Efficacy of content related to its value proposition and key selling points: Measured by analytics, testing (for example, A/B testing or multivariate testing), customer feedback, audits, and sales data
Improved localized content with fewer errors and revisions: Measured by quality standard audits
Identifying the types of metrics to capture only provides you with partial success; what you do with the metrics is what really matters. Let’s discuss how to analyze metrics data and report on it.
Analyzing and reporting metrics
Metrics provide you with data that helps you draw conclusions about your content and its performance. But metrics by and large do not answer the question why? Metrics do not tell you why consumers do or do not view or share your content. To find out why you must dig deeper.
Let’s first discuss when and where you should look to answer this question. If content performs well, that is, it’s meeting its objectives, then perhaps you will want to produce more content similar to it and make investments in its ongoing success.
When content fails to meet its objectives, you have a problem. Look at every place where content does not perform well. After you have a list of the problem areas – which can be anything from consumer journey to conversion to content not receiving any visitors at all – find the cause. For content not viewed at all, are consumers interested in the topic? Do they seek it out? Are issues in search or navigation preventing them from getting there in the first place? Have you received negative feedback on the content?
When something seems amiss, first check to see if there are issues with the user experience. Then, see how the content performs elsewhere in the industry. Do competitors use the same content? If so, how does it differ from yours? Are there social metrics to indicate interest? You may need user testing to see why content fails to perform successfully. In some cases, you might need to modify your objectives. Maybe, content you consider important is not important to your audience.
As you determine the causes, build and maintain a list of resolutions.
Report to the content team any findings, perhaps using a dashboard. Present internal metrics, track efficiencies, costs, etc. quarterly. For metrics that track your content experience, determine how often you wish to review and present. In many cases, you will want to analyze metrics monthly. In other cases, you might want to do so quarterly. In some larger e-commerce environments, organizations track metrics hourly. Chapter 8, Optimize Phase, deals with how to optimize your content based on your findings.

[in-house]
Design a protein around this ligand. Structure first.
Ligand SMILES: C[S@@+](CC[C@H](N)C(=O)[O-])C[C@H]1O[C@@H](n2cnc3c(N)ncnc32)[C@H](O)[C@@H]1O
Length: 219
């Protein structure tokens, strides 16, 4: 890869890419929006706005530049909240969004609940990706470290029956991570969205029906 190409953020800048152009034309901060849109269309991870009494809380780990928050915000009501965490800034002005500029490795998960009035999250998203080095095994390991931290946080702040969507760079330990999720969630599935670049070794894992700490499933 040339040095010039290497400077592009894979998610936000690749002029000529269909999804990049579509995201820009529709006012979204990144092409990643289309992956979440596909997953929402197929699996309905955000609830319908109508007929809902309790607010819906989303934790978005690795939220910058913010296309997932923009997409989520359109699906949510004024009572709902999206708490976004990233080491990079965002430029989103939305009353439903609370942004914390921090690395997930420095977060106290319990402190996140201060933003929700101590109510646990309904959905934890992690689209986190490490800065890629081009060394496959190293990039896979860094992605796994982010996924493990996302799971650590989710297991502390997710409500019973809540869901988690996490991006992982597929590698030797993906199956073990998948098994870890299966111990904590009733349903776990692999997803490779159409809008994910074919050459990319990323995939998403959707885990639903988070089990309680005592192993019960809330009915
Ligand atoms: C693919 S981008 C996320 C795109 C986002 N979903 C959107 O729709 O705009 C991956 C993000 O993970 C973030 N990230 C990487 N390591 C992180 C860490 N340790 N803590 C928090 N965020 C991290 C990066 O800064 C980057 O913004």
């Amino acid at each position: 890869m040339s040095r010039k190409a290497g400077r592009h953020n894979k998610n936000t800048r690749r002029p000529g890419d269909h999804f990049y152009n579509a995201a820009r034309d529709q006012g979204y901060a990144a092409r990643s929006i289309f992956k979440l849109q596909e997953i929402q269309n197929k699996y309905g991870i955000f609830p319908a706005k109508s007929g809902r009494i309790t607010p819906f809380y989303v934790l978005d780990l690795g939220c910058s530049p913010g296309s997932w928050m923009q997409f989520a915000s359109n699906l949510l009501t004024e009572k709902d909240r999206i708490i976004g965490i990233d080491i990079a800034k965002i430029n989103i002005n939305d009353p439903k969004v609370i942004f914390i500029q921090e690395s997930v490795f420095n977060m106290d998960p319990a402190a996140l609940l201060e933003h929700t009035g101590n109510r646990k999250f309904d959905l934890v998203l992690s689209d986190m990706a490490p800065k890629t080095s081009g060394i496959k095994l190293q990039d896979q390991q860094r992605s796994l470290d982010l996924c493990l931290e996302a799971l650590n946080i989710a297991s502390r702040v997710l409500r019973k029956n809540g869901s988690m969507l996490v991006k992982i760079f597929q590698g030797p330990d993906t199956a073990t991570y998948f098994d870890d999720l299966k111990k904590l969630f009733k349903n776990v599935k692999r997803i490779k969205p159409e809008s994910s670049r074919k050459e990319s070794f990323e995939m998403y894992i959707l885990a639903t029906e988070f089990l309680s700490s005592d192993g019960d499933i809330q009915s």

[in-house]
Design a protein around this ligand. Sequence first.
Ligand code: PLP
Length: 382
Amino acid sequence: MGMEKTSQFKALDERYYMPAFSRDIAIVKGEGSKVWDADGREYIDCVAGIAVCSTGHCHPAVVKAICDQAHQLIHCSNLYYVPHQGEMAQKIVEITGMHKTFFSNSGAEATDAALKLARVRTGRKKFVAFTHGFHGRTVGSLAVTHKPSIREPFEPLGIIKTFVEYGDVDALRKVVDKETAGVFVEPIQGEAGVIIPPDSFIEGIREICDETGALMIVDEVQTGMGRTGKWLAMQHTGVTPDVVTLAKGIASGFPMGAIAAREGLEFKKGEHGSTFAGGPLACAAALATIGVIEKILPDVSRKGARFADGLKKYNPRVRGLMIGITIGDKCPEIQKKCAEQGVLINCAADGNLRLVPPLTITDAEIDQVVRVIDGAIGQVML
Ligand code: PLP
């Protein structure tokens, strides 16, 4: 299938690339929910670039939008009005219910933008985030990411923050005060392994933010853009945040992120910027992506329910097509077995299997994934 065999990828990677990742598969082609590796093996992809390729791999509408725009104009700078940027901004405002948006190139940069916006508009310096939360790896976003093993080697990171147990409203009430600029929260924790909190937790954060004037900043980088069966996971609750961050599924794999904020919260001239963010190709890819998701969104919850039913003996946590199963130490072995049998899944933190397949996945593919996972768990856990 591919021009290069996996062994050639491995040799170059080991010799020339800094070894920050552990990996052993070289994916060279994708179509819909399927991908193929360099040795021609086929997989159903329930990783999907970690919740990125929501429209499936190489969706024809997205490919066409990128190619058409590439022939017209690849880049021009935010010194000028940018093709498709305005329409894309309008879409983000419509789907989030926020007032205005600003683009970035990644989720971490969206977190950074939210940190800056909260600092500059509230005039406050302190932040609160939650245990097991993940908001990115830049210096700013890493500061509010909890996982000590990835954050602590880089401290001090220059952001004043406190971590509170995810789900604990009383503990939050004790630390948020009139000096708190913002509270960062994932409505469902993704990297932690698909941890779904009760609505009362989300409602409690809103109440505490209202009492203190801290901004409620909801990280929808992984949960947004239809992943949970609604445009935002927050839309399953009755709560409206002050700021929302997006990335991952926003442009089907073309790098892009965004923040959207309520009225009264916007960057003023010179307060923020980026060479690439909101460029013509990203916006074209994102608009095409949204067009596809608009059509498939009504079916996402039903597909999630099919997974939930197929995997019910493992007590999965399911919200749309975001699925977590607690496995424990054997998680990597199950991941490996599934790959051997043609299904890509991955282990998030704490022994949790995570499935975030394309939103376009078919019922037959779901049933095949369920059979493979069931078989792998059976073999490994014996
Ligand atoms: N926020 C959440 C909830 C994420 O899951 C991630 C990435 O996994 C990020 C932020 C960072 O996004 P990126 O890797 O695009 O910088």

Every strategic business decision has an impact on content. Entering a new market creates the need for localization. Images that work well in our home market may need to be altered or replaced in order to avoid offending members of new audiences. Mergers and acquisitions create a need for content updating and adaptation. Content obtained from others requires rebranding, creates the need for new metadata tags, and training content creators on new tools and workflows. A new product feature may require your content team to update your content strategy.
Unfortunately, business strategists don’t always foresee the impact of their decisions on content. They can find themselves surprised by the amount of time and money required to tackle the challenges they introduced.
Who should be involved in making such strategic business decisions, and what process would they follow, ideally, to avoid such rude surprises? Ann Rockley and Charles Cooper of The Rockley Group have a model for you.
While your process may not have exactly eight stages, and while you don’t have to use exactly these labels for them, “You need everything that’s in here,” Charles says.
As you read this post, which sums up Charles’s take on this process, look for opportunities for your company to smooth out its process and to unite people in your organization around it.
Why put this kind of process in place?
The process that Charles maps out—although it may seem, to some, like a series of roadblocks—enables corporate leaders to make strategically sound decisions in a timely manner, guiding the company toward activities that forward the business and away from activities that don’t.
The process also increases the chances that strategists will take into account the full impact of their decisions on their company’s content. I’ve been involved in situations where that didn’t happen, and the scrambling that resulted wasn’t pretty.
Ideally, this process keeps a company’s whole body of content consistent and up to date. As a result, even as the business evolves, customers and content teams alike get to have the kind of satisfying content experiences you would expect from a brand you love.
“This process gives companies control without over-controlling,” Charles says. It does this by giving people in various departments a regular opportunity to talk and get aligned—a critical benefit for content teams that operate in silos.
“If you have one team doing videos and another doing podcasts, you want to keep them moving in the same direction—hitting the same talking points, delivering the same messaging—as they create the content.”